2011 Marks The Last Year For Select Ford, GMC, Chevy, and Dodge Trucks
Model year 2011 is the last for the Chevrolet Colorado, GMC Canyon, and Dodge Ram Dakota. The Ford Ranger, now long in the tooth, is being retired in North America but will continue worldwide as the new Ranger T6 platform designed in Australia and built in Thailand. It would have been nice if Ford kept its Minnesota Ranger plant open to build the new T6 Ranger for North America. They aren't going to.
Why axe smaller pickups from our market? Sharply declining sales numbers are the reason. Except for the Ranger, which kept its smaller dimensions, all mini or compact pickups have become midsize pickups with bloated price tags that are very similar to their fullsize siblings. People are asking why they should pay more for less. The Ranger's decline was simply because it needed updating, not resizing.
We know about the T6 Ranger, but can't find anything about whether GM has plans for another compact pickup to sell in North America, even though they sell them elsewhere on the planet. Dodge may introduce a smaller unibody pickup in the future, but unibody pickups aren't the solution, either. Toyota's Tacoma and Nissan's Frontier soldier on but are midsize vehicles with the same problems (and advantages) as their American counterparts. Prices are high and fuel-economy numbers are just about the same as fullsize trucks. With the introduction of Ford's new 2011 F-150 - its powerful Duratec 3.7L V-6 gets stunning fuel economy - fullsize trucks will be getting better mileage than midsize trucks.
Therefore, midsize trucks are dead or dying. We've mentioned before that the mini or compact pickup's time is here again. Introduced in the 1950s by Toyota and Datsun (Nissan), the compact pickups took off in the 1970s when fuel prices started climbing. Remember the Toyota Hilux, the Datsun 620, the Ford Courier, the Chevy Luv, and the many other small pickups available in the '70s? In 1977 Datsun designed and introduced the first extended-cab compact pickup, calling it the King Cab. I owned one then. It was roomy for a small pickup and maneuverable, and it returned great fuel economy.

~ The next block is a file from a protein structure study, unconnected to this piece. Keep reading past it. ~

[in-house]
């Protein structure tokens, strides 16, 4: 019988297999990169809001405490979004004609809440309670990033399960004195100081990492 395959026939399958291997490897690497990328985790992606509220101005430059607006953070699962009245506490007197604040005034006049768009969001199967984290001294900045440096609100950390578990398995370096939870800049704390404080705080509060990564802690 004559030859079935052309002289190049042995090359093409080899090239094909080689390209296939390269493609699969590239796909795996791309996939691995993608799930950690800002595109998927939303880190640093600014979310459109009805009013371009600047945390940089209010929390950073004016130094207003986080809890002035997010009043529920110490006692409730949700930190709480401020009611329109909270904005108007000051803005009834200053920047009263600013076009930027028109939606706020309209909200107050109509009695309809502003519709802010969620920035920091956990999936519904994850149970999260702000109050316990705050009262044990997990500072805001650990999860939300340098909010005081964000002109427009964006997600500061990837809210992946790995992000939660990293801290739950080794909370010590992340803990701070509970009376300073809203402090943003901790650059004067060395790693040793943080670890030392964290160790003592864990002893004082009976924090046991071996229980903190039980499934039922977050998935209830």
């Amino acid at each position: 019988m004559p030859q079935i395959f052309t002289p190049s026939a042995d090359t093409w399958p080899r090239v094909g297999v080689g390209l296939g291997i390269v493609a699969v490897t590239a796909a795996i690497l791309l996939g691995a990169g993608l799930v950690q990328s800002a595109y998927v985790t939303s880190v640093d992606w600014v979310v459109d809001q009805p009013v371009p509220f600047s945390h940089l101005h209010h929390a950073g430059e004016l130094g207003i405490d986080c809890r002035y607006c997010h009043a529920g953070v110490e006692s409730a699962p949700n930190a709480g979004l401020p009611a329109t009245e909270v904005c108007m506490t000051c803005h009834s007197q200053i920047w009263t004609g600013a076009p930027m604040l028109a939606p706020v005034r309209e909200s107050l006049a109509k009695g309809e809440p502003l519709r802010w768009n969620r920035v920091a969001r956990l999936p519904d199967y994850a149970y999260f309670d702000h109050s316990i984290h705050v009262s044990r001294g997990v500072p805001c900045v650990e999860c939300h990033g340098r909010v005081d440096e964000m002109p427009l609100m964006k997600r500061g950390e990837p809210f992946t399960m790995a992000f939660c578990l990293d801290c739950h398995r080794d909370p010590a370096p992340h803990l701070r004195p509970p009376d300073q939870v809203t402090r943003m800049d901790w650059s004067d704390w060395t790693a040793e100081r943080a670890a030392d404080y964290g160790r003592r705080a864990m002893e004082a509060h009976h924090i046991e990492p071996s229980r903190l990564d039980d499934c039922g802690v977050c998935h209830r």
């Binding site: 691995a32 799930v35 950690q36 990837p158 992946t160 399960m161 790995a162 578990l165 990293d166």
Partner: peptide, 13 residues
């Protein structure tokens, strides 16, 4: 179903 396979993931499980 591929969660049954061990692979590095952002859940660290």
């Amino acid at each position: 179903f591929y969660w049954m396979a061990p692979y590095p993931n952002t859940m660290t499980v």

Today, the economy is reeling, and fuel prices are going up again. Compact pickups worked in the '70s and would work now. North Americans need these trucks and would purchase these trucks, especially when reminded how they sip fuel and are so maneuverable. Backcountry explorers need these trucks, too. My Ford F-150 SVT Raptor is an amazing truck, but it would be even better for what I use it for if it was a compact-size Ford SVT Ranger 4x4. A few years ago, Jeep unveiled the Gladiator and JT pickups based on the JK Wrangler platform to universal acclaim. They did nothing about it - until just recently (watch for news updates in future issues). Small trucks and SUVs work in town and in the backcountry.
Ford, GM, Chrysler, Toyota, Nissan, Suzuki, and Mahindra (if they can design a truck that people can stand to look at) certainly have the capability to build modern compact pickups. Let's hope somebody figures out how lucrative small trucks can be in North America. The midsize truck is dead. Long live the compacts!